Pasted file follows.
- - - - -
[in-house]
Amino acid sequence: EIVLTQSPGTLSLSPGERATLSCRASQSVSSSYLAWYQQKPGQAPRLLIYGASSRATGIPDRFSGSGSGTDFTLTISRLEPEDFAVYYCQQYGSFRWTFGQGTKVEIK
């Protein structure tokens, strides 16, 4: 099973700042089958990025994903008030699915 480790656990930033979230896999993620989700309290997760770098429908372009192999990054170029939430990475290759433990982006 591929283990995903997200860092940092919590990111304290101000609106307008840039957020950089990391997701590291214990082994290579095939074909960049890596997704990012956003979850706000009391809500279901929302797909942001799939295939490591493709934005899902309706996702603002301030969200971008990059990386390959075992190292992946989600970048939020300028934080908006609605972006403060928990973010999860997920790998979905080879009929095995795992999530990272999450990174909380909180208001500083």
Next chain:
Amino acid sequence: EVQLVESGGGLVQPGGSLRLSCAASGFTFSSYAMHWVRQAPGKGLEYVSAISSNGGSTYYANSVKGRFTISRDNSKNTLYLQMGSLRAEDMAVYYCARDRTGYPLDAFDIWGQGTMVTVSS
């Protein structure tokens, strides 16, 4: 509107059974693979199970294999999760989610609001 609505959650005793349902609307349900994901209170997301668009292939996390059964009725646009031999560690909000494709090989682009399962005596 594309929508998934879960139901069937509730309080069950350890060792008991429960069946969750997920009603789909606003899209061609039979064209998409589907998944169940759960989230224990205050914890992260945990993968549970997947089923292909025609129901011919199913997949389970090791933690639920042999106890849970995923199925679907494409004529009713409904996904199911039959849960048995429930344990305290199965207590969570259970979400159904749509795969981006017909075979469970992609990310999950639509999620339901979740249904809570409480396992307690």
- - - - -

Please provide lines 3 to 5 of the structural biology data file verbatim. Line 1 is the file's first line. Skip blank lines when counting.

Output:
């Protein structure tokens, strides 16, 4: 099973700042089958990025994903008030699915 480790656990930033979230896999993620989700309290997760770098429908372009192999990054170029939430990475290759433990982006 591929283990995903997200860092940092919590990111304290101000609106307008840039957020950089990391997701590291214990082994290579095939074909960049890596997704990012956003979850706000009391809500279901929302797909942001799939295939490591493709934005899902309706996702603002301030969200971008990059990386390959075992190292992946989600970048939020300028934080908006609605972006403060928990973010999860997920790998979905080879009929095995795992999530990272999450990174909380909180208001500083």
Next chain:
Amino acid sequence: EVQLVESGGGLVQPGGSLRLSCAASGFTFSSYAMHWVRQAPGKGLEYVSAISSNGGSTYYANSVKGRFTISRDNSKNTLYLQMGSLRAEDMAVYYCARDRTGYPLDAFDIWGQGTMVTVSS